Our Two Pesos: Reflecting on the Opportunity for Stronger North American Competitiveness
While most elected (and wanting-to-be-elected) officials in Washington D.C. and some US States continue to portray illegal immigration as virtually the only topic of interest we potentially share when it comes to talking about Mexico and our border region (we’re thinking of you, Arizona, and California gubernatorial candidate Steve Poizner’s Prop 187-style ads), the new 2010 World Competitiveness Yearbook was released today by the Switzerland-based IMD School of Business. The most striking news from this annual study: the US has dropped from the leading to the third-ranking position (behind Singapore and Hong Kong). While not necessarily surprising to many, certainly the news was big enough for BusinessWeek to headline their story: “Asia Gains, U.S. Drops in Competitiveness” (in case you didn’t get the point).
This news comes on the same day that Presidents Obama and Calderon are meeting in Washington D.C., talking about some of the very issues that are critical to increasing North American competitiveness, and growing jobs (and wealth) in our region: facilitating legal border crossings, enhancing our border infrastructure to reduce inefficiencies for commerce and communities, promoting trade and stronger supply chain partnerships, and, yes (of course), working together to fight the very same criminal networks that operate on both sides of our border and throughout North America (harming our societies and economies). Their joint declaration (http://bit.ly/bdeSAi) touches on many (although not all) of the important facets of how North America — Canada, the US, and Mexico — not only should work together, but need to work to foster economic growth and prosperity together.
A recent 2010 KPMG study on Competitive Alternatives (see it here: http://bit.ly/9tABLn ) really drives home the point about Mexico’s potential to support the global growth of US (and Canadian) industries — finding in their analysis of more than 100 cities in 10 countries that “…Mexico represents the lowest cost country examined. Mexico’s major cities have a business cost advantage of 18.2 percent, on average, relative to the US baseline.” Not only that, but their recently-related tax analysis also found that tax reforms in Mexico also seem to be paying off, according to KPMG: “Among the countries studied, Mexico has the lowest TTI at 59.9; in other words, total tax costs in Mexico are 40.1 percent lower than in the US…” (link to PDF: http://bit.ly/9fuz6D ). Imagine how such cost savings — as part of a binational business strategy — could improve the global market potential for sales of US products and services.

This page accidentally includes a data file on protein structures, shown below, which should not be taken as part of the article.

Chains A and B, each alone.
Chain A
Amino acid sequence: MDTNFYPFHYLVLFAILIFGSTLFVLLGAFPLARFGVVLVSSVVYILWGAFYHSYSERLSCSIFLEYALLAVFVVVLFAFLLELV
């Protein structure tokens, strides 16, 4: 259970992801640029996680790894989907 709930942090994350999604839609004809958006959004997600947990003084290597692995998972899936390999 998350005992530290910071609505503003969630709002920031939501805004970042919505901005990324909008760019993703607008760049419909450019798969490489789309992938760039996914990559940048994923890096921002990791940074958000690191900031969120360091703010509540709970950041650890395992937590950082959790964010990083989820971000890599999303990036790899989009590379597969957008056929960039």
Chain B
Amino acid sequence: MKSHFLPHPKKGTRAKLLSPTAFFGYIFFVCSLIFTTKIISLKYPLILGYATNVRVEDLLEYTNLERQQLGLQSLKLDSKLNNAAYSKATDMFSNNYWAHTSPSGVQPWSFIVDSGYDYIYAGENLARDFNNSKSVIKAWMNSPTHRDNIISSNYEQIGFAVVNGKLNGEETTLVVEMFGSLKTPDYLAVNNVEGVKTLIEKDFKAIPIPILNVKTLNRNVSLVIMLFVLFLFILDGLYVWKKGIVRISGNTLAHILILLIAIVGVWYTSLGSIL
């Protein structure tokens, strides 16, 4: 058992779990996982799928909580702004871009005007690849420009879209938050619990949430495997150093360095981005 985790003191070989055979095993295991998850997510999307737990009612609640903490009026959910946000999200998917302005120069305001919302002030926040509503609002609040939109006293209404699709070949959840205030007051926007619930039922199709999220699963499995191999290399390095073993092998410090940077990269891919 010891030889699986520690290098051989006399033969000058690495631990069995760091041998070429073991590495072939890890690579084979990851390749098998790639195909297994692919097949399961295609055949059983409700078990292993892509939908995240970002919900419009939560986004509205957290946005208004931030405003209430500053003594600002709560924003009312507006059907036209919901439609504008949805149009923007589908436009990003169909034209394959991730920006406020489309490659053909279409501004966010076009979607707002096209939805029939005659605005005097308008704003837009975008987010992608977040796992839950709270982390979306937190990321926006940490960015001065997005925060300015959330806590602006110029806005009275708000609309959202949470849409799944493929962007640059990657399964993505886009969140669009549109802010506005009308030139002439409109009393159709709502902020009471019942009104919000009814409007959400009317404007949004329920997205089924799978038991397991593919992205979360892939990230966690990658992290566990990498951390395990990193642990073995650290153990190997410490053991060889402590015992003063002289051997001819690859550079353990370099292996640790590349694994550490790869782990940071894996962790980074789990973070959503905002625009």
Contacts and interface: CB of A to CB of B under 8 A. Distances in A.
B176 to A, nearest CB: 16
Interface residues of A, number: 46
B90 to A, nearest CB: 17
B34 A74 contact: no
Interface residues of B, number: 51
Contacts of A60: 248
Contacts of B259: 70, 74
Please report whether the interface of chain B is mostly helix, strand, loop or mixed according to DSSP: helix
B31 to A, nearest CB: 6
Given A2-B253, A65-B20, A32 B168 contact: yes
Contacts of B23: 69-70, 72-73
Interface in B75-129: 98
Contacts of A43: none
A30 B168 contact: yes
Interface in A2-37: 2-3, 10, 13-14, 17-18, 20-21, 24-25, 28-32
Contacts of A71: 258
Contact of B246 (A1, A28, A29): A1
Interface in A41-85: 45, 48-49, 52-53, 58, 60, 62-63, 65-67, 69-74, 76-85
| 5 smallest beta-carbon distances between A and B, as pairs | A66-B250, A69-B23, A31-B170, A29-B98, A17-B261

Unfortunately, most of the political and media dialogue continue to emphasize the one- (okay, two-) dimensional aspects of the entire US-Mexico relationship (#1 illegal immigration, and #2 narco violence), a message that is only likely to grow louder (and raise more negative feelings toward Mexico) as the election season moves forward.
Looking past the political rhetoric and the too-easy “secure the border” statements, the take-away we have here from today’s news is that the rest of the world is continuing to advance economically and work in partnership with their neighbors to grow stronger (more likely than not at the expense of US jobs and wealth) — while most of our leaders in the US are ignoring the vast potential that exists for the NAFTA region to prosper more quickly than many other regions of the world could (given the combined strengths of the three countries). It’s unfortunate that not more policy work, planning, or leadership exists to enhance that more competitive and more positive vision of North America — but perhaps that’s just politics and the game of winning votes. Let’s hope this year ends with a group of elected officials that wants to learn about this important opportunity for North America. That’s our two-pesos.